The question of trust falls on the shoulders of Alexander. If Spielman believes he’s ready to take over for Munnerlyn, then releasing the veteran cornerback should be a no-brainer; Munnerlyn could demand upwards of $5 million per year in the current cornerback market. But Minnesota’s failure to turn their interest in K’Waun Williams into a signing changes things for Spielman, who may look to keep Munnerlyn for stability at one of the team’s strongest position groups.
Had the Vikings signed Williams, a somewhat proven nickel corner, cutting Munnerlyn would’ve been a simple pill to swallow, allowing Zimmer to bring Alexander along slowly while rotating Waynes in the slot. Now, it’s a “one-or-the-other” choice between Munnerlyn and the elder statesman, Newman.
Newman was fantastic in 2016 and could very well repeat his performance in 2017. He will turn 39 before the season begins, but what’s another year going to do to Newman? By proving the doubters wrong—thanks to a healthy dose of red wine—Newman’s eliminated any further questions about his age; it’s just a number at this point. The more important number, though, is his contract.
The Vikings paid Newman $2.5 million in 2016; a realistic figure if the team decides to bring him back on another one-year deal. Still, Newman’s reliability doesn’t extend much further than 40 years old, even if now, his age isn’t making a difference. The human body has a fascinating way of turning on players, regardless of their training regimens or routines.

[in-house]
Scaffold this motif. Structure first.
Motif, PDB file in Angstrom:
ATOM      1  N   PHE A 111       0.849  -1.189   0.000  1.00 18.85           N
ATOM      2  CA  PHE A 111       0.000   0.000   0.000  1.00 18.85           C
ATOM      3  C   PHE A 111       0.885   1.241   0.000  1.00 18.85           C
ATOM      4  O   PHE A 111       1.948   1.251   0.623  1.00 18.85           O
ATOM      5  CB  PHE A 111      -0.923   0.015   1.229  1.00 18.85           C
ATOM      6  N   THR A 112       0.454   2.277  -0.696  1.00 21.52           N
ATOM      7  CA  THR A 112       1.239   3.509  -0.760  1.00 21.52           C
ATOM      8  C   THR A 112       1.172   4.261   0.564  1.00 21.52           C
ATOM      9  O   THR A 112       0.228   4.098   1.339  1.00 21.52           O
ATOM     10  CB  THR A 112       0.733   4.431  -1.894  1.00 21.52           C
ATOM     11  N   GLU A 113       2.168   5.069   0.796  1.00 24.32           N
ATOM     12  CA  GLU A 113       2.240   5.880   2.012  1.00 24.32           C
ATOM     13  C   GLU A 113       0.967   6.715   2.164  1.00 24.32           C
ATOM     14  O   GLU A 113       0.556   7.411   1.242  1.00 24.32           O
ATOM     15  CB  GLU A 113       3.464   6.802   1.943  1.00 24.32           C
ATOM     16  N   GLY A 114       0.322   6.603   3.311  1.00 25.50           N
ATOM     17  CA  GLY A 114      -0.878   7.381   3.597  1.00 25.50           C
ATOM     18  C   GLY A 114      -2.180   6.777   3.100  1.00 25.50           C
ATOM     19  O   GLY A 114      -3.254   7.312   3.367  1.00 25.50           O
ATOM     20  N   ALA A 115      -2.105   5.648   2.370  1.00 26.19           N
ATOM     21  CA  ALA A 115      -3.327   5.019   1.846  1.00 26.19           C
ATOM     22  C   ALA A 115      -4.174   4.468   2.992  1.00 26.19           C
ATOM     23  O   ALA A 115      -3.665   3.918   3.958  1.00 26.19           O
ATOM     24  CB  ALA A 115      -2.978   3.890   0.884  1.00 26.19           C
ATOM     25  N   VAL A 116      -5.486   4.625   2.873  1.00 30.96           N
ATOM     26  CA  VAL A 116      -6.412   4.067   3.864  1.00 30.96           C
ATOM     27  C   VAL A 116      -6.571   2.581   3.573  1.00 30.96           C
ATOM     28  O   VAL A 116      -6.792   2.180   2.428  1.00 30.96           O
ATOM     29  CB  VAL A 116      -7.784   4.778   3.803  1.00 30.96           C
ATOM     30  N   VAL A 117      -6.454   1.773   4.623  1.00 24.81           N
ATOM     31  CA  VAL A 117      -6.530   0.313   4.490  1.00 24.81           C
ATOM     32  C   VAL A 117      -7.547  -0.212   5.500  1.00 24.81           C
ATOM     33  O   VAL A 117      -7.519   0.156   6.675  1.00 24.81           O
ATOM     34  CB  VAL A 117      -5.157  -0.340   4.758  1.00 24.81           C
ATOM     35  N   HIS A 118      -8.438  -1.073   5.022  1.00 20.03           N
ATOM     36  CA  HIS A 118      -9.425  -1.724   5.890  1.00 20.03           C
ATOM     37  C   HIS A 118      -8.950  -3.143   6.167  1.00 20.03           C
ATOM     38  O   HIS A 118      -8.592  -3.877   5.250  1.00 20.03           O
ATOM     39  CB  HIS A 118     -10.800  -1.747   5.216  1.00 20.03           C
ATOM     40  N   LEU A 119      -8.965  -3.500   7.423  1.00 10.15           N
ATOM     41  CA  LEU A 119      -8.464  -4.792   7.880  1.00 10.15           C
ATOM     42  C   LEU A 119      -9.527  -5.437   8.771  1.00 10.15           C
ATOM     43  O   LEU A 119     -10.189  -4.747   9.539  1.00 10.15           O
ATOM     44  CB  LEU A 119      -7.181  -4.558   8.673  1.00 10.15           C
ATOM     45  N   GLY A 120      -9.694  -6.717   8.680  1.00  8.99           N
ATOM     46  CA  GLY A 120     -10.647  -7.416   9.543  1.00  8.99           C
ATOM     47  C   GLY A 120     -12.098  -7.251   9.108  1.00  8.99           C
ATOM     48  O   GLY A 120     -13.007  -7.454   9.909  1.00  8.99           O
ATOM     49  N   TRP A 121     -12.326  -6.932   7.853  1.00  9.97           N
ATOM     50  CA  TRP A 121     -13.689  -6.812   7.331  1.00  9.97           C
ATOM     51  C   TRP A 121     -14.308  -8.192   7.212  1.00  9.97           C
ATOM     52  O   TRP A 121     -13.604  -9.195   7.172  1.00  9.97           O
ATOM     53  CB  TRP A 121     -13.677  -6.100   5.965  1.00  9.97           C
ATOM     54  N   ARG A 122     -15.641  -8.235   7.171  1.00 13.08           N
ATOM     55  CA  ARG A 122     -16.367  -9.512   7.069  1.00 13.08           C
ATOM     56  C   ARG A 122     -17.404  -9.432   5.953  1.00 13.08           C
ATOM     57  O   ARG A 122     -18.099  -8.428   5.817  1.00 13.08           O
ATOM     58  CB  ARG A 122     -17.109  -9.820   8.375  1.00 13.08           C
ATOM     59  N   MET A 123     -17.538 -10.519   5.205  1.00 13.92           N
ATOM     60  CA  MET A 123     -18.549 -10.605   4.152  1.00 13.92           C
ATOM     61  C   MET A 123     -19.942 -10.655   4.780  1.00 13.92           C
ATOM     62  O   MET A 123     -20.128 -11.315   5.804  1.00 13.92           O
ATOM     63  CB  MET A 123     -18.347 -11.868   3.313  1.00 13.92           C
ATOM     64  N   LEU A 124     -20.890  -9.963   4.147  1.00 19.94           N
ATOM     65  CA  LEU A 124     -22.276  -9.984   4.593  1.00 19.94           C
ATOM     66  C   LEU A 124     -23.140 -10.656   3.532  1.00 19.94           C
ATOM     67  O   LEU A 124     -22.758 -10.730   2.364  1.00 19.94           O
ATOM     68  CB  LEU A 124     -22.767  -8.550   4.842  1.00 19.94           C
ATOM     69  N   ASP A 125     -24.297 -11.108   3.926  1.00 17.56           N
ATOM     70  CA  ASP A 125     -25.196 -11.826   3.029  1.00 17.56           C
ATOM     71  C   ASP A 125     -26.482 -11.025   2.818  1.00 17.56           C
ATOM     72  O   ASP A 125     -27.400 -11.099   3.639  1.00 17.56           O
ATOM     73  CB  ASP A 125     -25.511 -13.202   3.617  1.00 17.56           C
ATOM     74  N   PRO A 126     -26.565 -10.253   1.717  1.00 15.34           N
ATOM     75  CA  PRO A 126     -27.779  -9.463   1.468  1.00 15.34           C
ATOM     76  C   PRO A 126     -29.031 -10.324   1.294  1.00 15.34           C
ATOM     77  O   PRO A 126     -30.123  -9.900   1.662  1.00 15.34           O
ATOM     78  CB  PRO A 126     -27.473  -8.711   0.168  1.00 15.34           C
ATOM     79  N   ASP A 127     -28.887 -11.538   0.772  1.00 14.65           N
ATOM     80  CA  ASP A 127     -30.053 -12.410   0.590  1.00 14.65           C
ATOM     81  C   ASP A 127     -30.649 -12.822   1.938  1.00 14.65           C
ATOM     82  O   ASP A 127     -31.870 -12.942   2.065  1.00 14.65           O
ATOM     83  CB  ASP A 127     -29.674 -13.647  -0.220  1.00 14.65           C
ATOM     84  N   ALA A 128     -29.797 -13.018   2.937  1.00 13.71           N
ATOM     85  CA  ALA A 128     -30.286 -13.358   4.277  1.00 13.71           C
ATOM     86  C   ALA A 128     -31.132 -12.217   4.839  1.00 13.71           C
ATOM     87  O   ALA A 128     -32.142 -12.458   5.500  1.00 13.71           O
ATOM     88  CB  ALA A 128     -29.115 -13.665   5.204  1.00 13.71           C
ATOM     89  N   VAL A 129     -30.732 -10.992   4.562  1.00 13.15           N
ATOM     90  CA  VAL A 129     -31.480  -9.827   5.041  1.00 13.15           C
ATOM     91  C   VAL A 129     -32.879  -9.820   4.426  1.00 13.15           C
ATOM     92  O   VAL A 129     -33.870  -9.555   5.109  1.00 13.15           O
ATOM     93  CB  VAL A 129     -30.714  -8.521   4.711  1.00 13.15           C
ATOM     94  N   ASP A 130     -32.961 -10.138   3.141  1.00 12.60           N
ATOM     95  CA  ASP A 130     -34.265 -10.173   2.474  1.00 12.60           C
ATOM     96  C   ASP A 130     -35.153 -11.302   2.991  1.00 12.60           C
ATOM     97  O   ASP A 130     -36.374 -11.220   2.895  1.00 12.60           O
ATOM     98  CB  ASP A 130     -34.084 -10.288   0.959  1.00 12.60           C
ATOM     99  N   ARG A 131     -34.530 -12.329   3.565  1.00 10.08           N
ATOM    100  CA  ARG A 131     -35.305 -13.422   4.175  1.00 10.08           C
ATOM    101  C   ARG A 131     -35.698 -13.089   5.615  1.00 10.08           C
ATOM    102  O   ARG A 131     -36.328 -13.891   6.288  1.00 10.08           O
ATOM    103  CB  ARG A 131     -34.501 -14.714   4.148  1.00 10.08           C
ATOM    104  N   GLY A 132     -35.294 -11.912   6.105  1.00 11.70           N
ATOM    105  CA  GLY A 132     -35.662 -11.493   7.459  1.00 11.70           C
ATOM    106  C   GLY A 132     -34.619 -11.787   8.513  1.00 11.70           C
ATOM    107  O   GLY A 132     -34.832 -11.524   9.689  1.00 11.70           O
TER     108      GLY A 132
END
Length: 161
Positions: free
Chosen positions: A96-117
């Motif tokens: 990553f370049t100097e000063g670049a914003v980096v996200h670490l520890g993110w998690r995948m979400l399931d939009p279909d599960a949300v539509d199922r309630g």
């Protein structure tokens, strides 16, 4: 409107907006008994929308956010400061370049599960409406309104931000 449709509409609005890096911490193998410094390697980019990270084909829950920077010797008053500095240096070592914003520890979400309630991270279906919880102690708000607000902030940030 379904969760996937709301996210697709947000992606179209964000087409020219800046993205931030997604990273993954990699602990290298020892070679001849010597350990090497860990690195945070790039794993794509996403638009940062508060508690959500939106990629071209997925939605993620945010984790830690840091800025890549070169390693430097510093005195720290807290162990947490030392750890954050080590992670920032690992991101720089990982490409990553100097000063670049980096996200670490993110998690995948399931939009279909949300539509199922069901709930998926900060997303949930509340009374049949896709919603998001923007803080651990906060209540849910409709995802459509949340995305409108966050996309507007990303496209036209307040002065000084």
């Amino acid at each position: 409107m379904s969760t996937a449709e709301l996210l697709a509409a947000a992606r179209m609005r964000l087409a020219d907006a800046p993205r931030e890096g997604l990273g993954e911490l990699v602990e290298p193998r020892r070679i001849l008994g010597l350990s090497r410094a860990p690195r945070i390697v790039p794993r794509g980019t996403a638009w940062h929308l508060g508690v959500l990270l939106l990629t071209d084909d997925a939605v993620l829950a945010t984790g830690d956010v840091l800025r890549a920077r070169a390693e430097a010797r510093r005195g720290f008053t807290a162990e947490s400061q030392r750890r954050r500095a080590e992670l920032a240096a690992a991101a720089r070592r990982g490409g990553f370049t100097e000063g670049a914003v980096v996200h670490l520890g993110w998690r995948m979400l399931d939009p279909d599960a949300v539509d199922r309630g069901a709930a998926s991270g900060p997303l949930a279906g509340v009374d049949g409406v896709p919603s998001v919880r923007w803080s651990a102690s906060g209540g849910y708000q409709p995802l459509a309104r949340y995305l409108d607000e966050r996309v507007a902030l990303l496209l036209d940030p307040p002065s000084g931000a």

There’s an argument for Munnerlyn; that he’s the smarter if more expensive future investment. He’s only 28 and likely has his best football in front of him. He’s finally comfortable in Zimmer’s system, well-liked in the locker room, and a proven commodity in a market lacking other top nickel cornerbacks. Newman’s an excellent piece to a championship puzzle, but the Vikings can’t let their Super Bowl window close by keeping old contributors like Newman and Chad Greenway on the roster.
POTENTIAL FREE AGENTS
According to Spotrac, here are the possible unrestricted free agents at cornerback:
|Trumaine Johnson||CB||LA||$13,952,000||UFA||Market Value|
|Brandon Carr||CB||DAL||$10,020,000||UFA||Market Value|
|Prince Amukamara||CB||JAC||$5,500,000||UFA||Market Value|
|Stephon Gilmore||CB||BUF||$3,021,038||UFA||Market Value|
|Darius Butler||CB||IND||$2,500,000||UFA||Market Value|
|A.J. Bouye||CB||HOU||$1,671,000||UFA||Market Value|
|Logan Ryan||CB||NE||$693,313||UFA||Market Value|
|Kayvon Webster||CB||DEN||$686,450||UFA||Market Value|
LEON HALL: Like Newman before him, Hall has a connection to Vikings head coach Mike Zimmer; the two spent 2008 to 2013 together in Cincinnati. There, Zimmer made the most of Hall’s versatility, sliding him inside in certain nickel situations. With his experience in a Zimmer defense, Hall would provide a nice bridge between Munnerlyn and Alexander if the Vikings part ways with the younger of their two free agent cornerbacks.